'It is strictly forbidden to ascend the Temple Mount'

Sephardic Chief Rabbi of Jerusalem issues letter strongly forbidding ascension to Temple Mount, after many Jews ascended on Tisha B'Av.

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Haim Lev,

Rabbi Shlomo Amar (file)
Rabbi Shlomo Amar (file)
Flash 90

The Sephardic Chief Rabbi of Jerusalem, Rabbi Shlomo Moshe Amar, issued a harsh letter today, Wednesday, against Jews ascending the Temple Mount, in light of the fact that many Jews ascended on Tisha B'Av, the Jewish national commemoration of the destruction of the Temple, which took place this year on Monday night and Tuesday.

"There are people in our generation whose passionate love of the Land of Israel takes their good judgement from them, such that it is easy for them to commit a grave offense for which there is fear that a karet prohibition is entailed, as long as we don’t let go of our hold on the most sacred place for the People of Israel.” (“Karet” is one of the more severe punishments listed in the Torah; it entails the soul of a Jew being spiritually “cut off” from the rest of the Jewish People, ed.)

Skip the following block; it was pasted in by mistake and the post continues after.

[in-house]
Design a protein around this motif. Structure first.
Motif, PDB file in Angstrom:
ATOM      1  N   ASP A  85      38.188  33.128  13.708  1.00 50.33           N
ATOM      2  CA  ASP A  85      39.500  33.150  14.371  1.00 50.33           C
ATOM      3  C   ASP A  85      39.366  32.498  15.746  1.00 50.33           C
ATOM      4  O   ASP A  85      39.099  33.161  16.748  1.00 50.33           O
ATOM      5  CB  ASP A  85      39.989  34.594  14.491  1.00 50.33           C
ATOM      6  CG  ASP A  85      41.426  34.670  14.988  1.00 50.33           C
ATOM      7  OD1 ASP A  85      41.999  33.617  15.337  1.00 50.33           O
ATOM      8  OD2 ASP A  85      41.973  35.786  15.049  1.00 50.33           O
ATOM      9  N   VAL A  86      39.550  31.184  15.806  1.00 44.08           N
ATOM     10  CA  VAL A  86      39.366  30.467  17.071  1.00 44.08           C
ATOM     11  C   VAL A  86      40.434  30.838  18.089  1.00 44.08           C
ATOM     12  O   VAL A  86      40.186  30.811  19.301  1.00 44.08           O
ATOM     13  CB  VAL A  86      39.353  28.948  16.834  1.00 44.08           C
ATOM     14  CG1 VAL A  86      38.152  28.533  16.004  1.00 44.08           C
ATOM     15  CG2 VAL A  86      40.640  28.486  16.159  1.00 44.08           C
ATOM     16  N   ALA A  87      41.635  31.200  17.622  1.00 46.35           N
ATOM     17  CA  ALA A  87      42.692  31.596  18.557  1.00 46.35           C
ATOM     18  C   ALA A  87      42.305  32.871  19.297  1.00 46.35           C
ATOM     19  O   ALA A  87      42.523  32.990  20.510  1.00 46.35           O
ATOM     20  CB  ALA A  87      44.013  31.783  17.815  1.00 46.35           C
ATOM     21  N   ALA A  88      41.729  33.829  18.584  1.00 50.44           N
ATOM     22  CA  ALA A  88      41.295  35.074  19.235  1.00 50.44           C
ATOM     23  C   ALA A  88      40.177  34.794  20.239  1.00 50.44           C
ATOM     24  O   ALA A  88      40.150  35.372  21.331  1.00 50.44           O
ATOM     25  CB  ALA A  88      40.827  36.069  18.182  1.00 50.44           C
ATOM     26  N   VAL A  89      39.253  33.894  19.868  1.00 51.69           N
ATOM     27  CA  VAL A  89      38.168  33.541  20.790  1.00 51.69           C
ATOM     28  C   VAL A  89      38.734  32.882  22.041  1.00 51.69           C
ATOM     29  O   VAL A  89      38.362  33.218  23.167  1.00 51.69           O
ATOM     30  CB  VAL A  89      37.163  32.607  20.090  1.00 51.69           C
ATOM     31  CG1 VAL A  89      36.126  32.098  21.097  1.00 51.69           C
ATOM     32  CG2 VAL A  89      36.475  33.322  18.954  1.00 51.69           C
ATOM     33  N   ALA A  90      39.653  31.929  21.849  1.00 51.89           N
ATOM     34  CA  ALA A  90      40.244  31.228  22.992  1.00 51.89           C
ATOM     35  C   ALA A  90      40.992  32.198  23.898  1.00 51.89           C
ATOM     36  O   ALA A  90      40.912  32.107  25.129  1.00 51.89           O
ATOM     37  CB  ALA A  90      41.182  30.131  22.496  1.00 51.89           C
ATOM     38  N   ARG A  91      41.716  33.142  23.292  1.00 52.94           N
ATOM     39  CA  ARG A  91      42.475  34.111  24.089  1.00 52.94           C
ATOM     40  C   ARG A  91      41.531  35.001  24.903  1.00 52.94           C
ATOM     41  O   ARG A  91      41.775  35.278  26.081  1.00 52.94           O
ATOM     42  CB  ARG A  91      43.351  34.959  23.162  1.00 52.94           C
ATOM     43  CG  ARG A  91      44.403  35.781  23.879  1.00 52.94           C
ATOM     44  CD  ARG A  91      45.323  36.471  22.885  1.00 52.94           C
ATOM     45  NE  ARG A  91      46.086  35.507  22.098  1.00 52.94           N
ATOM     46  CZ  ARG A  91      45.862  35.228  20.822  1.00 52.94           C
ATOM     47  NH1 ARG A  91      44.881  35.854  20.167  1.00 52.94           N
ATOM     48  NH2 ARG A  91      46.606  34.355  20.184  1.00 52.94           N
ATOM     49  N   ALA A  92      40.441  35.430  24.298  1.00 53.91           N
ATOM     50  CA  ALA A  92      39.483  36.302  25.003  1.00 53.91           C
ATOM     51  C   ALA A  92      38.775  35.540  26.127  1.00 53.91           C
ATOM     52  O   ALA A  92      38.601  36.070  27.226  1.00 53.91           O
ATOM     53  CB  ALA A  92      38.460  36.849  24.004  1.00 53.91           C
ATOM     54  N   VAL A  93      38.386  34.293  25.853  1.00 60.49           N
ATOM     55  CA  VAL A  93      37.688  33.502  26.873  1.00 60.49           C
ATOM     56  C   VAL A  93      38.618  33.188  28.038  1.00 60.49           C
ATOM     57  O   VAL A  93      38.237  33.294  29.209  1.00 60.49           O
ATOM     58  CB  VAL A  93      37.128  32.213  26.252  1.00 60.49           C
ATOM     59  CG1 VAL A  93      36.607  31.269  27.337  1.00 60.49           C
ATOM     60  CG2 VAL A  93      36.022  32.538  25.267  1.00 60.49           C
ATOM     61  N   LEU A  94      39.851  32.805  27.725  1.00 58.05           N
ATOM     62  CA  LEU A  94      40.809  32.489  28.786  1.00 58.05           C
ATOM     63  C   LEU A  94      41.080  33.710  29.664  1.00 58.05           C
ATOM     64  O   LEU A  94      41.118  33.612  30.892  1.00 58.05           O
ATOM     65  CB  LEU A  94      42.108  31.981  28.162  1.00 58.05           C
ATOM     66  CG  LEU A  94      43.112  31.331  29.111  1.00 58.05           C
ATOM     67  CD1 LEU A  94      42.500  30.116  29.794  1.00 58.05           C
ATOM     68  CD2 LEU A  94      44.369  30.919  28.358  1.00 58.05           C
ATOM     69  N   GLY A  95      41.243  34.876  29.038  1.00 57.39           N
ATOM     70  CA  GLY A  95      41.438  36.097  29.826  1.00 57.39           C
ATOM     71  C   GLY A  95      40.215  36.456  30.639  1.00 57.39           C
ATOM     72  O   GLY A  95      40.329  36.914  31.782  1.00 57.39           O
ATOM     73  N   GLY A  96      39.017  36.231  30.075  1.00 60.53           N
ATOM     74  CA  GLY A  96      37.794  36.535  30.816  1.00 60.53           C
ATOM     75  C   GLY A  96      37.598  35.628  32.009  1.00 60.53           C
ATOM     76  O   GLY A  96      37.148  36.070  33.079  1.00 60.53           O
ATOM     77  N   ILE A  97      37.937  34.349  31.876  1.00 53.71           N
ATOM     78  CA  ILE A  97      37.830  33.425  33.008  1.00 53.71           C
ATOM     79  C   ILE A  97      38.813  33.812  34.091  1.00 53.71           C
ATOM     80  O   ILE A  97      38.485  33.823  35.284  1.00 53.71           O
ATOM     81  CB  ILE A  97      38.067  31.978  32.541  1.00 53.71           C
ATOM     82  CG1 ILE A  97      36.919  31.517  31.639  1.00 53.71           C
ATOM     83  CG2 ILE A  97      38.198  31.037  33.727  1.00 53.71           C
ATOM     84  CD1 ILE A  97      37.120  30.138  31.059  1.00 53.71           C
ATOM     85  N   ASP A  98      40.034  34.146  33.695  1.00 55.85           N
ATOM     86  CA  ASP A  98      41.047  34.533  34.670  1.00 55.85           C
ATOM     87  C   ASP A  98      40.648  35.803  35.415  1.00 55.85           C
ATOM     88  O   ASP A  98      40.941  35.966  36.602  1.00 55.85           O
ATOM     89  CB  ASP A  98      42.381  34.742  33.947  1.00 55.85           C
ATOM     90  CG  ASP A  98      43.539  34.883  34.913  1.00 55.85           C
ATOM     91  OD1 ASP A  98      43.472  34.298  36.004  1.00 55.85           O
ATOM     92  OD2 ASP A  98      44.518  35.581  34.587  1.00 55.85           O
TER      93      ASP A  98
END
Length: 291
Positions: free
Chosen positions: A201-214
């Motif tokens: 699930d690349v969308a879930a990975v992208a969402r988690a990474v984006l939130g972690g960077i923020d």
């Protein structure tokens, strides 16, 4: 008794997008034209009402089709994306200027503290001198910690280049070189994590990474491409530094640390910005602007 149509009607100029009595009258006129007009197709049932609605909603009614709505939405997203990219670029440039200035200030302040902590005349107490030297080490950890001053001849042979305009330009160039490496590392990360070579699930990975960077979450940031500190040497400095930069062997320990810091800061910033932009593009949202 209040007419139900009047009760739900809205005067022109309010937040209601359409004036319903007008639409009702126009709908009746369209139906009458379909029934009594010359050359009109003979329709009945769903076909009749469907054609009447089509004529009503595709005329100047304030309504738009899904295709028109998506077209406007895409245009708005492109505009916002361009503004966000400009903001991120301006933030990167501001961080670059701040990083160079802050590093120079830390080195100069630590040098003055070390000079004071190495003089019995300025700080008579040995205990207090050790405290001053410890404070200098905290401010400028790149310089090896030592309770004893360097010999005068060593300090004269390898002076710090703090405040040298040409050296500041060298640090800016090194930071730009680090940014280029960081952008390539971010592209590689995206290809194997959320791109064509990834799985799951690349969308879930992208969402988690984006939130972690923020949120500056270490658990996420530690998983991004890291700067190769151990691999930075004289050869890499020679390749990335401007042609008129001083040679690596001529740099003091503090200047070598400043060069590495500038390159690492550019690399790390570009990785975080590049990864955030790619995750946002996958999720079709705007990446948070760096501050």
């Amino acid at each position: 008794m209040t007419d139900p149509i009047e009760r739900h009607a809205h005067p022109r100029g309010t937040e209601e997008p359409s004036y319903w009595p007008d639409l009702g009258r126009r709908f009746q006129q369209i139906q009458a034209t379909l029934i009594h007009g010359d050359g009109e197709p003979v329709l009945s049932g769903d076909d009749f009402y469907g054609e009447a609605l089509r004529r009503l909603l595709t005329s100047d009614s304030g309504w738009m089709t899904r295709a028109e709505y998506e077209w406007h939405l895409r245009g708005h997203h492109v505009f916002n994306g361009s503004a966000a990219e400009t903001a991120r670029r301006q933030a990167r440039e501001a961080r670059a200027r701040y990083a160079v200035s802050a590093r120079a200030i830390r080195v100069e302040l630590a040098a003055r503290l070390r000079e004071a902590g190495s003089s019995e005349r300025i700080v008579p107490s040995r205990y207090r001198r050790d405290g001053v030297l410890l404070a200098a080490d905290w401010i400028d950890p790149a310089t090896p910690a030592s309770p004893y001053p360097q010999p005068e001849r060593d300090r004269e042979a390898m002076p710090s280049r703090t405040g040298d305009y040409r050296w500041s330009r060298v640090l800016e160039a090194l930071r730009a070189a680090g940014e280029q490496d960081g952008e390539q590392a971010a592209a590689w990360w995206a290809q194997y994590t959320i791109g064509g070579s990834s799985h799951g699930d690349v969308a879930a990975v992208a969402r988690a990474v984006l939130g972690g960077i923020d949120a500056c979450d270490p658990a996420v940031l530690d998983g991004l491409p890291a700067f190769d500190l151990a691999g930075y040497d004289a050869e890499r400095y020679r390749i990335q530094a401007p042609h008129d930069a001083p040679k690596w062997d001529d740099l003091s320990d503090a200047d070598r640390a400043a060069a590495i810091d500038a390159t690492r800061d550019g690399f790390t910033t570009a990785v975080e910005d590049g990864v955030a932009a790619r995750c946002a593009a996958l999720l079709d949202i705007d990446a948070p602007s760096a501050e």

In his words, Rabbi Amar explained that the attempt to secure our hold on the Land of Israel by ascending the Temple Mount only distances us from it. "This grave offense not only will not help, but may even make things worse, G-d forbid."

The rabbi said he was sorry to hear about Jews ascending the Temple Mount on Tisha B'Av, and made it clear once again that a severe halakhic prohibition was entailed. "It is strictly forbidden to ascend the Temple Mount, and there is danger of transgressing the prohibition of karet, Heaven help us. And he who guards his soul will keep away.”

Sephardic Chief Rabbi Yitschak Yosef reacted similarly yesterday.








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